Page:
The strange thing is, when it was happening to me as a
child, I had never heard of the term "verbal abuse". I was
little kid that had done something to make Mommy mad, and suffered the
consequences. I was a "bad", "stupid",
"ugly", "fat" child who would have been better off
never having been born.
I did not know, as a child, the effect that these words would have on me,
nor did I know why my mother said these things. I just accepted what she
said, as any child would, and those sentiments grew up with me.
When I entered high school, and finally got a "cool" boyfriend,
I was so happy just to be going out on a Saturday night, that, at first, I
really didn't care if he constantly belittled me in front of friends and
strangers alike. He thought it was funny. I didn't, but hey, it was better
than staying at home and watching Donny and Marie with my parents!!!
After a while though, months and months to be exact, I began to feel that
something was not right about this relationship. It felt like he was
validating so many of the terrible things that I already felt about
myself, that I grew to dislike him - intensely.
Still not ready to break up with him and feeling that nobody else could
possibly want me, I plodded along and followed at his heels like an
obedient puppy. It seemed that everyone thought he was a great guy! Funny,
popular and a great partier! So it had to be me, right?
One night however, things got bad. He locked me out of the house in the
freezing cold, because I had said something "stupid". We were
visiting another couple, and I pounded and pounded on the door until one
of them let me in. He just stood there and laughed at me. I could have
died. I wanted to die.
Then I realized that he was having a great time, but my only purpose was
to entertain him and make him feel like a big man in front of his friends.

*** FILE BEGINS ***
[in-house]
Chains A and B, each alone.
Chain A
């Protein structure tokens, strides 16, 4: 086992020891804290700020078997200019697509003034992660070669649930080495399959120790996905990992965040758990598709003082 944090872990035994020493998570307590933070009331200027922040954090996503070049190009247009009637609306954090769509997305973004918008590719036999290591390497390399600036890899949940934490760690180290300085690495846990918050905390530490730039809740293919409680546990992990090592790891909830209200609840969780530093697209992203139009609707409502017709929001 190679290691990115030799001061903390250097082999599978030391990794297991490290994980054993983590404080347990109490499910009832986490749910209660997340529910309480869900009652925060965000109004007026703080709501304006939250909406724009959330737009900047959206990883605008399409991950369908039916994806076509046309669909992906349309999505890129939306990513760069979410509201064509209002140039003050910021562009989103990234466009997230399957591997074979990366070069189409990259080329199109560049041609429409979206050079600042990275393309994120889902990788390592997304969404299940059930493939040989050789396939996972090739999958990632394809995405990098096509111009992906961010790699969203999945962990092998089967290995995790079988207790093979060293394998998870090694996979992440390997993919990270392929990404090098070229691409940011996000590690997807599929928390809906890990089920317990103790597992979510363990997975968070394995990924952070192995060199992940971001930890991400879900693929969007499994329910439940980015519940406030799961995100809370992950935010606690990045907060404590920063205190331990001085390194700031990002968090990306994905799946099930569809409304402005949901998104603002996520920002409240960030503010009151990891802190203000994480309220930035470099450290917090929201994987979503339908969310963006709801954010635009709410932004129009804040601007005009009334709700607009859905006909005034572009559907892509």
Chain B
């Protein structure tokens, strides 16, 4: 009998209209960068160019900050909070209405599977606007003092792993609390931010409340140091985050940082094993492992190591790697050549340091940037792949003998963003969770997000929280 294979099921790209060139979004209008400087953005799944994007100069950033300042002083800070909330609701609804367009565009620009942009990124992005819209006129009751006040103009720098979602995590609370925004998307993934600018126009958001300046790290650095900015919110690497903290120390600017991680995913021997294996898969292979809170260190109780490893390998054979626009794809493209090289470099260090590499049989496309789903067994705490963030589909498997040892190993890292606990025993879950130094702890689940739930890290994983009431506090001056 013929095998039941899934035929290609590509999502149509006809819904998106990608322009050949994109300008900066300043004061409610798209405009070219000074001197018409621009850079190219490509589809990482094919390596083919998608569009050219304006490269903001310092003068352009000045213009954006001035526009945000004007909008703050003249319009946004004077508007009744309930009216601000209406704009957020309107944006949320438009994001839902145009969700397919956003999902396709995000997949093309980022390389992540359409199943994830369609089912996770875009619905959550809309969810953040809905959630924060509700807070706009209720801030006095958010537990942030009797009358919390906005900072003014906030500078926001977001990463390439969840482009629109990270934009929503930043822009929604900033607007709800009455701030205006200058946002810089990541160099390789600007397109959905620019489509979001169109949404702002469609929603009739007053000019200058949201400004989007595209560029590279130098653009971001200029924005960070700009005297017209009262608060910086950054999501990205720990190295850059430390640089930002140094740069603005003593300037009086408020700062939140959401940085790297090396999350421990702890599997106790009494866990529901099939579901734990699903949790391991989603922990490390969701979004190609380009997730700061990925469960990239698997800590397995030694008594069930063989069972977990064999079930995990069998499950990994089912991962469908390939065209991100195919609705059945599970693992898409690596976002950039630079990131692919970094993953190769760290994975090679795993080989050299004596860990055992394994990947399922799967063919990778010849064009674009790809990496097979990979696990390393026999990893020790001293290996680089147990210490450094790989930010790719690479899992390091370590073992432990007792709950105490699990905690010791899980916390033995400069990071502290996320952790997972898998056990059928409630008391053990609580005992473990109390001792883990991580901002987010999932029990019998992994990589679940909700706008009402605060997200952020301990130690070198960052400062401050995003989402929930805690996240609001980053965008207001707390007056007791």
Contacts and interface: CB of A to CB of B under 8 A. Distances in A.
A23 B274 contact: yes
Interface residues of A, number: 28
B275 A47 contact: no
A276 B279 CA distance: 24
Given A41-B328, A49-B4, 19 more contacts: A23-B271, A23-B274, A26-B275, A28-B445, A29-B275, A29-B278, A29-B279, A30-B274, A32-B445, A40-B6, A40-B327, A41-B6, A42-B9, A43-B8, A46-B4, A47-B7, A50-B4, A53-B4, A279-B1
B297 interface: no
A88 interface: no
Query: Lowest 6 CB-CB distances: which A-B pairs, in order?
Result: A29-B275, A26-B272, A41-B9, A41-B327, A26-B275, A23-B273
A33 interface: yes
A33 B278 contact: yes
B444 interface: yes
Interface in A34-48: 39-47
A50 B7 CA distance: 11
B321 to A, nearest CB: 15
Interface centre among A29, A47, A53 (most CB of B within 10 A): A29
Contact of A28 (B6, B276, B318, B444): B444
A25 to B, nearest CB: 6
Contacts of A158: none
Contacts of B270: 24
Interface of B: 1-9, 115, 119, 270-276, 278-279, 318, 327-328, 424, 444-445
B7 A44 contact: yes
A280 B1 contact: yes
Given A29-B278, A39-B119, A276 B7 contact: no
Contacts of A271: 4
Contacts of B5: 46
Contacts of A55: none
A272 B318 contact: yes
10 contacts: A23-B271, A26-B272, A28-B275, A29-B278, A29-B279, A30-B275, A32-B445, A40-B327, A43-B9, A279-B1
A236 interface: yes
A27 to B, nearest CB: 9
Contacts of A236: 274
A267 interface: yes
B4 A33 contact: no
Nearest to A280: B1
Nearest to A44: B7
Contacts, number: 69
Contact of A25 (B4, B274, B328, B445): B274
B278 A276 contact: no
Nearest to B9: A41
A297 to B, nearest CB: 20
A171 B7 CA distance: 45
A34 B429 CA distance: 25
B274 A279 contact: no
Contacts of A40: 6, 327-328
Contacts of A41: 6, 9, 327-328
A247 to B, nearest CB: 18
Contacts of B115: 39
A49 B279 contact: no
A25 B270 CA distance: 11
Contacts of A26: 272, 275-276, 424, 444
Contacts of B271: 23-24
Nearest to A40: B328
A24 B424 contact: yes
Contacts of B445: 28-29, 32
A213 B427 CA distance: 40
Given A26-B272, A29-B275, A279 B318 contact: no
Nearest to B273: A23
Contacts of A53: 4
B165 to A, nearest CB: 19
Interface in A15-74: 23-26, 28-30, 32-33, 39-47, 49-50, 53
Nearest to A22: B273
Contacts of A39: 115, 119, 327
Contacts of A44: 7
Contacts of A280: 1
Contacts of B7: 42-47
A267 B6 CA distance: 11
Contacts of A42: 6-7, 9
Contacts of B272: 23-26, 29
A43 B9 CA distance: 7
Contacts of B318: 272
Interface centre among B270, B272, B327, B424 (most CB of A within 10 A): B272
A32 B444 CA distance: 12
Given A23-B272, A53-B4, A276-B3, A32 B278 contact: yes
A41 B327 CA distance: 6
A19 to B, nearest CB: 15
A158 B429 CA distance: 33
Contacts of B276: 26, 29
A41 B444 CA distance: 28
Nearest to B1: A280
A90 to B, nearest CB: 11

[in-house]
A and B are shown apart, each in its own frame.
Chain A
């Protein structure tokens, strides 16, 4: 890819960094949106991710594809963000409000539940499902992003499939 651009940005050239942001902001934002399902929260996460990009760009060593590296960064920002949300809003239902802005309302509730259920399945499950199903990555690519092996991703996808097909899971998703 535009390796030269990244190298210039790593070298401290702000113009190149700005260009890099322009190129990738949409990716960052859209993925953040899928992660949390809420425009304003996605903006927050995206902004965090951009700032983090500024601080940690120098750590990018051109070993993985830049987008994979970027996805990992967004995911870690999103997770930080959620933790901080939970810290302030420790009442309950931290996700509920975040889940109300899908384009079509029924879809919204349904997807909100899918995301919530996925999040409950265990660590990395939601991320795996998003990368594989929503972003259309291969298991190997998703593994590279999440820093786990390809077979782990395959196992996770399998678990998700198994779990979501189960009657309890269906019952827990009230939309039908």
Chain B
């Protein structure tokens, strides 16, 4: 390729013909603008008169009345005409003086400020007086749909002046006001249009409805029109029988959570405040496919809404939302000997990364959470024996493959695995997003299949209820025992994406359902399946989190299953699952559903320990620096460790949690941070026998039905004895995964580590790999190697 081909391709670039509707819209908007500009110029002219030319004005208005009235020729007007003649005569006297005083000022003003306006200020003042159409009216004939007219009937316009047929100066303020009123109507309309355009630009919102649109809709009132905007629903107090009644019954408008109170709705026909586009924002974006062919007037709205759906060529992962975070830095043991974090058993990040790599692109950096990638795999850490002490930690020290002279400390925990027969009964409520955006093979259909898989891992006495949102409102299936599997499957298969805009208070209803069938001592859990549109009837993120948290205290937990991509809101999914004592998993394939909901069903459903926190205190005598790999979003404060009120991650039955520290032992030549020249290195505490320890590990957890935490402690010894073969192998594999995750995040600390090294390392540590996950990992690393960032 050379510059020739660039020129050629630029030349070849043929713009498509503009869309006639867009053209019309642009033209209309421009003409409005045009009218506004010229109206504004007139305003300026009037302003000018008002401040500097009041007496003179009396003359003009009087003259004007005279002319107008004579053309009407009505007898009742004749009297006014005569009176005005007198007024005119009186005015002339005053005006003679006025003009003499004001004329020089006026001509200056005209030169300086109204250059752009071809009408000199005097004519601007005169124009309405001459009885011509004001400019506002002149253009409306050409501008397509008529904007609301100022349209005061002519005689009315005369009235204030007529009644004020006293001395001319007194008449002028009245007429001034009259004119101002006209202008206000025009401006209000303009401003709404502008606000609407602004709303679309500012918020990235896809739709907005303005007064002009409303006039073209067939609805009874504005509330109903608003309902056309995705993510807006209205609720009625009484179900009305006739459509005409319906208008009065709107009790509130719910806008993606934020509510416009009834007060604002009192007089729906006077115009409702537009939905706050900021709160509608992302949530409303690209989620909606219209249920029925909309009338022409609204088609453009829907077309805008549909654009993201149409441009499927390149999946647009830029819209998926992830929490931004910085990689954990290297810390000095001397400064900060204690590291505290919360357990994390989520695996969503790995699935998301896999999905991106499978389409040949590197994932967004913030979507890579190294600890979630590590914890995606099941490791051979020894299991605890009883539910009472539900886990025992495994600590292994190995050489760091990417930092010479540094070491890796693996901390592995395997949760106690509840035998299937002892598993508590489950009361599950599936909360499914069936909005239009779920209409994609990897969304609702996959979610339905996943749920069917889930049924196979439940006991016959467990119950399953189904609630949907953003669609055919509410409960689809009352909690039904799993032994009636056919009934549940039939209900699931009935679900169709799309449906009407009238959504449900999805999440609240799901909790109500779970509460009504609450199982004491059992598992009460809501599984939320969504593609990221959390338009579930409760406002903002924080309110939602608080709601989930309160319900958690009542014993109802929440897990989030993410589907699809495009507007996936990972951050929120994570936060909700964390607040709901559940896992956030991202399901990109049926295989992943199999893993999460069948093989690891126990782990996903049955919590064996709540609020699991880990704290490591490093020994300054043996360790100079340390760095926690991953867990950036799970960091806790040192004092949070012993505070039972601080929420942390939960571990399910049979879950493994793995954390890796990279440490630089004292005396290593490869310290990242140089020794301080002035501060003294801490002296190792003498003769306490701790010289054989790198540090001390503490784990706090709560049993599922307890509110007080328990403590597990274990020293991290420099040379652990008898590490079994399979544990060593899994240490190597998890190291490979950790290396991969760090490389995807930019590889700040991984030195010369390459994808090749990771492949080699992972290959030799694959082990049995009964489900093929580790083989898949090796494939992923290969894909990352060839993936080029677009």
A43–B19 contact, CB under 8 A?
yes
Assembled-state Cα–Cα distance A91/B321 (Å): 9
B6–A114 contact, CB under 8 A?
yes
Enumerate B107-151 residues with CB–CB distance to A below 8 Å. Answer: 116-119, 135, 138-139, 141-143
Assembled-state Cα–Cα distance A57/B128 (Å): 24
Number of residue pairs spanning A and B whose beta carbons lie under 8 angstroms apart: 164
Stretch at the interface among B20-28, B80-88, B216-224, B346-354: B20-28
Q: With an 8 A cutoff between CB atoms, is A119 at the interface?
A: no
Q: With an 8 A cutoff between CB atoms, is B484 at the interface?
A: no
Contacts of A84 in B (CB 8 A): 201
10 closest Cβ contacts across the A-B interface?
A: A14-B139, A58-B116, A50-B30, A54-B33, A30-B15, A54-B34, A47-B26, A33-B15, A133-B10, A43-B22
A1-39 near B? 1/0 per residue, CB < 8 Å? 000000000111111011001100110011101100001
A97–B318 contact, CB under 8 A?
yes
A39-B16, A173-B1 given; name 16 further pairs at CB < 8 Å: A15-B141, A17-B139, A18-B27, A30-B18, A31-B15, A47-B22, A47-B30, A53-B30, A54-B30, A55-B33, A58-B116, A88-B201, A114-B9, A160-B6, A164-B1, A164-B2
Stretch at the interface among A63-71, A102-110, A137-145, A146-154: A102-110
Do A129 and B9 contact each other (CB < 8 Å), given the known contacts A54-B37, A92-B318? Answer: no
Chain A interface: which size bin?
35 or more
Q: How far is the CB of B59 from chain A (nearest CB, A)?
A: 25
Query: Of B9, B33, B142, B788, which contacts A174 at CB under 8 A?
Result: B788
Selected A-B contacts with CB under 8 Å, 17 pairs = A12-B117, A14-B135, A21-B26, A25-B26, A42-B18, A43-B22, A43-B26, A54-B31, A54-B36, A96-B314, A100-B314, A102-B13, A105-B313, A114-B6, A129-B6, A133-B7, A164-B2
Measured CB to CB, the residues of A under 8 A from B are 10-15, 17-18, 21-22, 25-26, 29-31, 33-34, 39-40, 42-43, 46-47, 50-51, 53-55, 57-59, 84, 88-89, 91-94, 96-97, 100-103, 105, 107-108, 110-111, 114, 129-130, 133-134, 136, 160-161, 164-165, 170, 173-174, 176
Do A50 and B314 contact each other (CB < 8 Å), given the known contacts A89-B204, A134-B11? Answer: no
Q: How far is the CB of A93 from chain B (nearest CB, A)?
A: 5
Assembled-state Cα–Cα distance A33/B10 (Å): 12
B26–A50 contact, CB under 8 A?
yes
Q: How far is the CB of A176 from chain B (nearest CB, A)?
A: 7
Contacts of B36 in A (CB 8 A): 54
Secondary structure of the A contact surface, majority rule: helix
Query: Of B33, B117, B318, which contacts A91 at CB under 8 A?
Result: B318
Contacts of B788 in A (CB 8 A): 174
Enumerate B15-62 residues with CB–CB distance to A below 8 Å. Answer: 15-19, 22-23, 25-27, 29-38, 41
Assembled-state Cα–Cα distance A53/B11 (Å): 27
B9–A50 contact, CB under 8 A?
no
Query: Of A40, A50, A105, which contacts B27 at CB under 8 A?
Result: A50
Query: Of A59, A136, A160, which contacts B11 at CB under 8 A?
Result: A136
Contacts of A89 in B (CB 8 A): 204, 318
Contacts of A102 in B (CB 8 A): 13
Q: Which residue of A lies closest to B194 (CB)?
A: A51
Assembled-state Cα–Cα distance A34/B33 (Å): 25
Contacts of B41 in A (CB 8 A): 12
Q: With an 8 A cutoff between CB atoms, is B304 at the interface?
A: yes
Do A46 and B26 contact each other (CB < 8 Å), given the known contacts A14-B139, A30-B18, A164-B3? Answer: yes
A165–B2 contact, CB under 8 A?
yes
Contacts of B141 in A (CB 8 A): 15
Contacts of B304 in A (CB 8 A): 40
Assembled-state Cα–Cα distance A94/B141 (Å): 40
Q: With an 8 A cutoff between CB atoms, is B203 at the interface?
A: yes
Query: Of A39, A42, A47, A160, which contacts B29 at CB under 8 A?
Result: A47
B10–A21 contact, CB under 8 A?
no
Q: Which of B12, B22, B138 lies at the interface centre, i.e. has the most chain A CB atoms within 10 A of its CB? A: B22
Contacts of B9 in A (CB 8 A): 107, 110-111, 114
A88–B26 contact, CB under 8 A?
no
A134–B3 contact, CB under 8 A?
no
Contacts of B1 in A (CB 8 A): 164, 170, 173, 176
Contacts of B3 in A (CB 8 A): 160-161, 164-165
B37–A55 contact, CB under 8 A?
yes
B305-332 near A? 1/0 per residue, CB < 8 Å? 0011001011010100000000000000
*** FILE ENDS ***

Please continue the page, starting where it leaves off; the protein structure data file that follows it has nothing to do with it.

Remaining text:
I got mad and told him to take me home. He proceeded to hold a pillow over
my face to get me to "shut up", and stop being stupid.
That was it, I called a friend and left. For good.
But the damage had already been done, I felt like a big piece of garbage
that nobody would ever want.
At some point after that, I met my real first love. If it had not been for
him, I do not think I would be here today, telling this story. But he made
me realize that my entire view of my self was messed up. He saw me so
differently, and explained to me what he thought had been verbal abuse by
so many people in my life.
The experience stuck with me, although we did not. And I sort of turned it
all around. I have since gotten help dealing with my self esteem issues,
and feel like a much better person than what I had been told I was. I
realized that other people can not define who or
what you are, and that that has to come from within. It takes a long, long
time and a lot of hard work and self-examination, some of which is very
painful, but in the long run, it is worth it.
Although I still struggle with my own perception of what
and who I am, I realize that I can change that, and become the person I
always dreamed I would be.
Love, Cindy Good stuff you
effected to mitigate ill effects unwittingly caused by your
parents. Thanks Cindy for sharing your inspiring abuse survivor's
story. Dr. Irene